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How Much Of NIKE, Inc. (NYSE:NKE) Do Insiders Own?

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·4 min read
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A look at the shareholders of NIKE, Inc. (NYSE:NKE) can tell us which group is most powerful. Large companies usually have institutions as shareholders, and we usually see insiders owning shares in smaller companies. Warren Buffett said that he likes "a business with enduring competitive advantages that is run by able and owner-oriented people." So it's nice to see some insider ownership, because it may suggest that management is owner-oriented.

NIKE is a pretty big company. It has a market capitalization of US$180b. Normally institutions would own a significant portion of a company this size. Taking a look at our data on the ownership groups (below), it seems that institutions own shares in the company. Let's delve deeper into each type of owner, to discover more about NIKE.

See our latest analysis for NIKE

ownership-breakdown
ownership-breakdown

What Does The Institutional Ownership Tell Us About NIKE?

Institutions typically measure themselves against a benchmark when reporting to their own investors, so they often become more enthusiastic about a stock once it's included in a major index. We would expect most companies to have some institutions on the register, especially if they are growing.

As you can see, institutional investors have a fair amount of stake in NIKE. This can indicate that the company has a certain degree of credibility in the investment community. However, it is best to be wary of relying on the supposed validation that comes with institutional investors. They too, get it wrong sometimes. It is not uncommon to see a big share price drop if two large institutional investors try to sell out of a stock at the same time. So it is worth checking the past earnings trajectory of NIKE, (below). Of course, keep in mind that there are other factors to consider, too.

earnings-and-revenue-growth
earnings-and-revenue-growth

Investors should note that institutions actually own more than half the company, so they can collectively wield significant power. NIKE is not owned by hedge funds. Because actions speak louder than words, we consider it a good sign when insiders own a significant stake in a company. In NIKE's case, its Top Key Executive, Philip Knight, is the largest shareholder, holding 17% of shares outstanding. For context, the second largest shareholder holds about 6.8% of the shares outstanding, followed by an ownership of 5.8% by the third-largest shareholder.

After doing some more digging, we found that the top 16 have the combined ownership of 50% in the company, suggesting that no single shareholder has significant control over the company.

While studying institutional ownership for a company can add value to your research, it is also a good practice to research analyst recommendations to get a deeper understand of a stock's expected performance. Quite a few analysts cover the stock, so you could look into forecast growth quite easily.

Insider Ownership Of NIKE

While the precise definition of an insider can be subjective, almost everyone considers board members to be insiders. Management ultimately answers to the board. However, it is not uncommon for managers to be executive board members, especially if they are a founder or the CEO.

Insider ownership is positive when it signals leadership are thinking like the true owners of the company. However, high insider ownership can also give immense power to a small group within the company. This can be negative in some circumstances.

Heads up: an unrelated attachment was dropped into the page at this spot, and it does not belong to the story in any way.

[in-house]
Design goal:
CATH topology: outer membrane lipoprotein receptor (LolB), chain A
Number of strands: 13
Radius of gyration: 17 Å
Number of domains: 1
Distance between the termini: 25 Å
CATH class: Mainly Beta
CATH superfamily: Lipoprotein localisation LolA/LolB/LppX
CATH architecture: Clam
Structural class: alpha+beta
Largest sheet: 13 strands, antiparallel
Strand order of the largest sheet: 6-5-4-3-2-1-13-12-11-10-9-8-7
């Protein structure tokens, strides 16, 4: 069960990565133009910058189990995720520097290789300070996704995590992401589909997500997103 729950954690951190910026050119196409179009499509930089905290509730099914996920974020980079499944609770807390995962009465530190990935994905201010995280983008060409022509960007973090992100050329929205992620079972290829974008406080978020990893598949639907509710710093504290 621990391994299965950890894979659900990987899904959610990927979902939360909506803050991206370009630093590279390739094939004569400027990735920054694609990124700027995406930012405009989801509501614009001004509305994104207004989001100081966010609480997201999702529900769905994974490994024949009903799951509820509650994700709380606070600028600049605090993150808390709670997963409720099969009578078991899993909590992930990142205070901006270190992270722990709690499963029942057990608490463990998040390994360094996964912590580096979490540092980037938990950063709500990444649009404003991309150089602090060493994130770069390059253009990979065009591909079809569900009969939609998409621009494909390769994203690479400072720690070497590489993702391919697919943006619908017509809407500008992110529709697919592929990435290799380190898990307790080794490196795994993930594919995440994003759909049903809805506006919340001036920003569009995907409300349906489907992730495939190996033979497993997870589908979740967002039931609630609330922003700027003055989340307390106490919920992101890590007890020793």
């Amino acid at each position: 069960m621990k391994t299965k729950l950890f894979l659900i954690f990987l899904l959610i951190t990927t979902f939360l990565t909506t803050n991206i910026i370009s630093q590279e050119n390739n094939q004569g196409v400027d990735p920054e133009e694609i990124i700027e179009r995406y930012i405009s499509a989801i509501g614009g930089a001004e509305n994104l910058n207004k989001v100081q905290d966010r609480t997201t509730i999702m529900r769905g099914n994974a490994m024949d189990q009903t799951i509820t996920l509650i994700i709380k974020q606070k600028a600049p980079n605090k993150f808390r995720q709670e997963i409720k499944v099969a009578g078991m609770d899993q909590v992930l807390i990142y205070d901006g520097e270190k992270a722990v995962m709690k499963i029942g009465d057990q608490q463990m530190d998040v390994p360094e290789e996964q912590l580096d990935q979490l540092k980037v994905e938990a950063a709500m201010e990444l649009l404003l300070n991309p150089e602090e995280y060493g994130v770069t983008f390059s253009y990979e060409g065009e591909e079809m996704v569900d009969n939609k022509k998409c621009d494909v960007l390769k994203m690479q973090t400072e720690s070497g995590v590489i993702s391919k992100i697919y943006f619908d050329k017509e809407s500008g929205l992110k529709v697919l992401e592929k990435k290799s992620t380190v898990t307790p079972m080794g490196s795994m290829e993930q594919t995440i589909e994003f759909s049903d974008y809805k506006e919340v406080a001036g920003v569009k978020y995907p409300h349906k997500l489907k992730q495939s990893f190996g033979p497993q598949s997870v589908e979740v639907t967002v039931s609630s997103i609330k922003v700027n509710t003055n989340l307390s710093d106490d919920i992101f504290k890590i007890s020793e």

It seems insiders own a significant proportion of NIKE, Inc.. Insiders own US$36b worth of shares in the US$180b company. That's quite meaningful. Most would say this shows a good degree of alignment with shareholders, especially in a company of this size. You can click here to see if those insiders have been buying or selling.

General Public Ownership

The general public-- including retail investors -- own 12% stake in the company, and hence can't easily be ignored. While this size of ownership may not be enough to sway a policy decision in their favour, they can still make a collective impact on company policies.

Next Steps:

It's always worth thinking about the different groups who own shares in a company. But to understand NIKE better, we need to consider many other factors.

I always like to check for a history of revenue growth. You can too, by accessing this free chart of historic revenue and earnings in this detailed graph.

But ultimately it is the future, not the past, that will determine how well the owners of this business will do. Therefore we think it advisable to take a look at this free report showing whether analysts are predicting a brighter future.

NB: Figures in this article are calculated using data from the last twelve months, which refer to the 12-month period ending on the last date of the month the financial statement is dated. This may not be consistent with full year annual report figures.

Have feedback on this article? Concerned about the content? Get in touch with us directly. Alternatively, email editorial-team (at) simplywallst.com.

This article by Simply Wall St is general in nature. We provide commentary based on historical data and analyst forecasts only using an unbiased methodology and our articles are not intended to be financial advice. It does not constitute a recommendation to buy or sell any stock, and does not take account of your objectives, or your financial situation. We aim to bring you long-term focused analysis driven by fundamental data. Note that our analysis may not factor in the latest price-sensitive company announcements or qualitative material. Simply Wall St has no position in any stocks mentioned.

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